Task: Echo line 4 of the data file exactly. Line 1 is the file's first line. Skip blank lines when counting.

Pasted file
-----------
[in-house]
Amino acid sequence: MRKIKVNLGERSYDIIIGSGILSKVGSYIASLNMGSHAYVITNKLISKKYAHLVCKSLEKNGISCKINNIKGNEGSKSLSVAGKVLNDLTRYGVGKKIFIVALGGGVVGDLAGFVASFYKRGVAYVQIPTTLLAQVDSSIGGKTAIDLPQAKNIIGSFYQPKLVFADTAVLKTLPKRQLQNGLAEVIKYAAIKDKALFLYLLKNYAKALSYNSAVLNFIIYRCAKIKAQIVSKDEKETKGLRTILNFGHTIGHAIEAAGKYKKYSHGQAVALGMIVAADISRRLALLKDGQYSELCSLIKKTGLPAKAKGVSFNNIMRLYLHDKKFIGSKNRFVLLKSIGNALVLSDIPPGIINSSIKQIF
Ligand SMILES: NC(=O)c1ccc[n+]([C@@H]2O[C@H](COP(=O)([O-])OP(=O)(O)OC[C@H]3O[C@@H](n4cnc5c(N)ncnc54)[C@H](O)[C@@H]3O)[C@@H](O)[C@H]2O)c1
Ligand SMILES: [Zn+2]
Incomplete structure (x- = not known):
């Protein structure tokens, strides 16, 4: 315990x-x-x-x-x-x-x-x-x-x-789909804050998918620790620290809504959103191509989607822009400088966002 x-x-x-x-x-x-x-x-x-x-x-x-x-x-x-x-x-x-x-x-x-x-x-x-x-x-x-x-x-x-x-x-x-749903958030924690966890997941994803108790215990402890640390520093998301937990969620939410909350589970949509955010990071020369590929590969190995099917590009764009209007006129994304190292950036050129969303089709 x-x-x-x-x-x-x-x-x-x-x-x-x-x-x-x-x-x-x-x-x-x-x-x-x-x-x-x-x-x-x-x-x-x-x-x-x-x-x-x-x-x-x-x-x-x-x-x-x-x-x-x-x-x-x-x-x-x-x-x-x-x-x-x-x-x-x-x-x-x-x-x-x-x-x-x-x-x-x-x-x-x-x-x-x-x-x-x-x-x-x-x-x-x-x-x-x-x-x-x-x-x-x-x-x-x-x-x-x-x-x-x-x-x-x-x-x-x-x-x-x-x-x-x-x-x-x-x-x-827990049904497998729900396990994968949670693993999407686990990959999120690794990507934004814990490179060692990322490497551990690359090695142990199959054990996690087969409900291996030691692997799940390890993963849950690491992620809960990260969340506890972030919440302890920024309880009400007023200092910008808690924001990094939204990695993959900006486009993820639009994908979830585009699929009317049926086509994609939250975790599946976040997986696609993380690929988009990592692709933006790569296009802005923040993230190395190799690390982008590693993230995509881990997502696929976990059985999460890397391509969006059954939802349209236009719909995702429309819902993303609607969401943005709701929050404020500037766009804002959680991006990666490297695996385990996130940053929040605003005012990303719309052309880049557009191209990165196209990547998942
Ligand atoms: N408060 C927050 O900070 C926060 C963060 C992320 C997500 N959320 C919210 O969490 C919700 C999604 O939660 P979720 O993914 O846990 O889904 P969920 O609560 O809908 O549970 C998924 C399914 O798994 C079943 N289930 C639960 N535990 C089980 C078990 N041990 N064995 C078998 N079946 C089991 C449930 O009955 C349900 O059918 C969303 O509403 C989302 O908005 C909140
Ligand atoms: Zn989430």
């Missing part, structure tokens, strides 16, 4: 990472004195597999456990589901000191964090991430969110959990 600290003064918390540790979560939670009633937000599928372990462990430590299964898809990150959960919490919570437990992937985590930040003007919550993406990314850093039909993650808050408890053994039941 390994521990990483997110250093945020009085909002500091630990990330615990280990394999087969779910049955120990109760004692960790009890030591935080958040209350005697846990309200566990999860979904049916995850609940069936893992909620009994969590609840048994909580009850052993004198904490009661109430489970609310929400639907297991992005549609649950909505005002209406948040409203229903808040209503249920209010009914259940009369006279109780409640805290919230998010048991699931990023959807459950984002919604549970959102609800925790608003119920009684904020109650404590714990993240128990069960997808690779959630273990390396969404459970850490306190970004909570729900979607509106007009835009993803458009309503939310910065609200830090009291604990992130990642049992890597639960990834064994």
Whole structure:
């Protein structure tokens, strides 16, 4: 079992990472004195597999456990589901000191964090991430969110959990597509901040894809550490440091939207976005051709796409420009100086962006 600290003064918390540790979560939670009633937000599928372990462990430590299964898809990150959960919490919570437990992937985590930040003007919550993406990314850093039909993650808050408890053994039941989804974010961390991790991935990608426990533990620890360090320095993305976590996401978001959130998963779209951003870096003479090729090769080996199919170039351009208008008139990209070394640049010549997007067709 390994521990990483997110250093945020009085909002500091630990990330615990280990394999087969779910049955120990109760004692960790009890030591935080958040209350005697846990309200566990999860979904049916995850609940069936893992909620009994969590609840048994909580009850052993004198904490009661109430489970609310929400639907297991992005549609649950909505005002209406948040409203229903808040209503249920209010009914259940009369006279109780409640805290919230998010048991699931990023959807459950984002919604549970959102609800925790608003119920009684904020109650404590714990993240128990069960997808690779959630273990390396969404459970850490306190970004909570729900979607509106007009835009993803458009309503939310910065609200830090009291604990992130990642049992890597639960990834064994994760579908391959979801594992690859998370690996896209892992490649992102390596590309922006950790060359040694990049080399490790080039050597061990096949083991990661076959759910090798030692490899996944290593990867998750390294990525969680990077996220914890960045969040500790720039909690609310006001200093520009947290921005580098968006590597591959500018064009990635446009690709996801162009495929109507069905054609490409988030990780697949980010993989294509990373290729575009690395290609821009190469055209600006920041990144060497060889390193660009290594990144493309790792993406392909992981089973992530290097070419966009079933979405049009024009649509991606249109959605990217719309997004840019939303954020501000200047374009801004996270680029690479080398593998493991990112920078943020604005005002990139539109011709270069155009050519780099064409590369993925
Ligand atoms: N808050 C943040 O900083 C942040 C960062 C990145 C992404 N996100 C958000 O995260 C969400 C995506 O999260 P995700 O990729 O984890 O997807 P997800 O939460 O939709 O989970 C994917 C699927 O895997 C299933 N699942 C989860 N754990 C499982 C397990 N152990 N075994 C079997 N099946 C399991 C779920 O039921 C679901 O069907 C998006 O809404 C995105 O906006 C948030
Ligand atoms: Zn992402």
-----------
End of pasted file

Ligand SMILES: [Zn+2]